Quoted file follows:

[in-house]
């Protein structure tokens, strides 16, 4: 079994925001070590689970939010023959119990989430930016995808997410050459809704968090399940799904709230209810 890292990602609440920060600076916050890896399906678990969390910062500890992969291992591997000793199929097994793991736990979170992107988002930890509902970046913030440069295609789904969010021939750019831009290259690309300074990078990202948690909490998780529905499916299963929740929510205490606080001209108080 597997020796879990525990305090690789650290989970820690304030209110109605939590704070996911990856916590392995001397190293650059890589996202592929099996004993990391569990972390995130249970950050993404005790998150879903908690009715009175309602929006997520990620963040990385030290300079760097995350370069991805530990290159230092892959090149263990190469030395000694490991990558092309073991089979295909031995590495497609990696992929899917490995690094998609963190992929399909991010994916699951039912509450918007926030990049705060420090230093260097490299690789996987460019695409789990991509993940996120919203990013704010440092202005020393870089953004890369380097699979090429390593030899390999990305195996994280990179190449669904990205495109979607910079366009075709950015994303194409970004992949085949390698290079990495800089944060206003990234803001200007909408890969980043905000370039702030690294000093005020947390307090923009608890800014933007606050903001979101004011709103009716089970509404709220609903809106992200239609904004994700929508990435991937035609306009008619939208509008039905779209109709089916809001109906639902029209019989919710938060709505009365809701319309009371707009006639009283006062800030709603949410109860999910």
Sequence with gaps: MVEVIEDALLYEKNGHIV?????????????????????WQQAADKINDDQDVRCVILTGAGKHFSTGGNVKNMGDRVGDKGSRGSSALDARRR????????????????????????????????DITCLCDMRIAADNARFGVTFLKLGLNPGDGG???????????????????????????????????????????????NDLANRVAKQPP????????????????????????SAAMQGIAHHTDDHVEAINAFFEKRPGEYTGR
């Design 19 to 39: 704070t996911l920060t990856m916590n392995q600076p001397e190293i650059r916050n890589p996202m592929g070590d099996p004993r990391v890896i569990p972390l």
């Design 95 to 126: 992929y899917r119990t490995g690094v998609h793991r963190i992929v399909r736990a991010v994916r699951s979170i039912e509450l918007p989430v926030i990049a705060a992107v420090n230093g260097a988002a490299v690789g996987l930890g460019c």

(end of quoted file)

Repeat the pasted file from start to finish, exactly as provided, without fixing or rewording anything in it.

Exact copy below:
[in-house]
């Protein structure tokens, strides 16, 4: 079994925001070590689970939010023959119990989430930016995808997410050459809704968090399940799904709230209810 890292990602609440920060600076916050890896399906678990969390910062500890992969291992591997000793199929097994793991736990979170992107988002930890509902970046913030440069295609789904969010021939750019831009290259690309300074990078990202948690909490998780529905499916299963929740929510205490606080001209108080 597997020796879990525990305090690789650290989970820690304030209110109605939590704070996911990856916590392995001397190293650059890589996202592929099996004993990391569990972390995130249970950050993404005790998150879903908690009715009175309602929006997520990620963040990385030290300079760097995350370069991805530990290159230092892959090149263990190469030395000694490991990558092309073991089979295909031995590495497609990696992929899917490995690094998609963190992929399909991010994916699951039912509450918007926030990049705060420090230093260097490299690789996987460019695409789990991509993940996120919203990013704010440092202005020393870089953004890369380097699979090429390593030899390999990305195996994280990179190449669904990205495109979607910079366009075709950015994303194409970004992949085949390698290079990495800089944060206003990234803001200007909408890969980043905000370039702030690294000093005020947390307090923009608890800014933007606050903001979101004011709103009716089970509404709220609903809106992200239609904004994700929508990435991937035609306009008619939208509008039905779209109709089916809001109906639902029209019989919710938060709505009365809701319309009371707009006639009283006062800030709603949410109860999910």
Sequence with gaps: MVEVIEDALLYEKNGHIV?????????????????????WQQAADKINDDQDVRCVILTGAGKHFSTGGNVKNMGDRVGDKGSRGSSALDARRR????????????????????????????????DITCLCDMRIAADNARFGVTFLKLGLNPGDGG???????????????????????????????????????????????NDLANRVAKQPP????????????????????????SAAMQGIAHHTDDHVEAINAFFEKRPGEYTGR
């Design 19 to 39: 704070t996911l920060t990856m916590n392995q600076p001397e190293i650059r916050n890589p996202m592929g070590d099996p004993r990391v890896i569990p972390l």
């Design 95 to 126: 992929y899917r119990t490995g690094v998609h793991r963190i992929v399909r736990a991010v994916r699951s979170i039912e509450l918007p989430v926030i990049a705060a992107v420090n230093g260097a988002a490299v690789g996987l930890g460019c």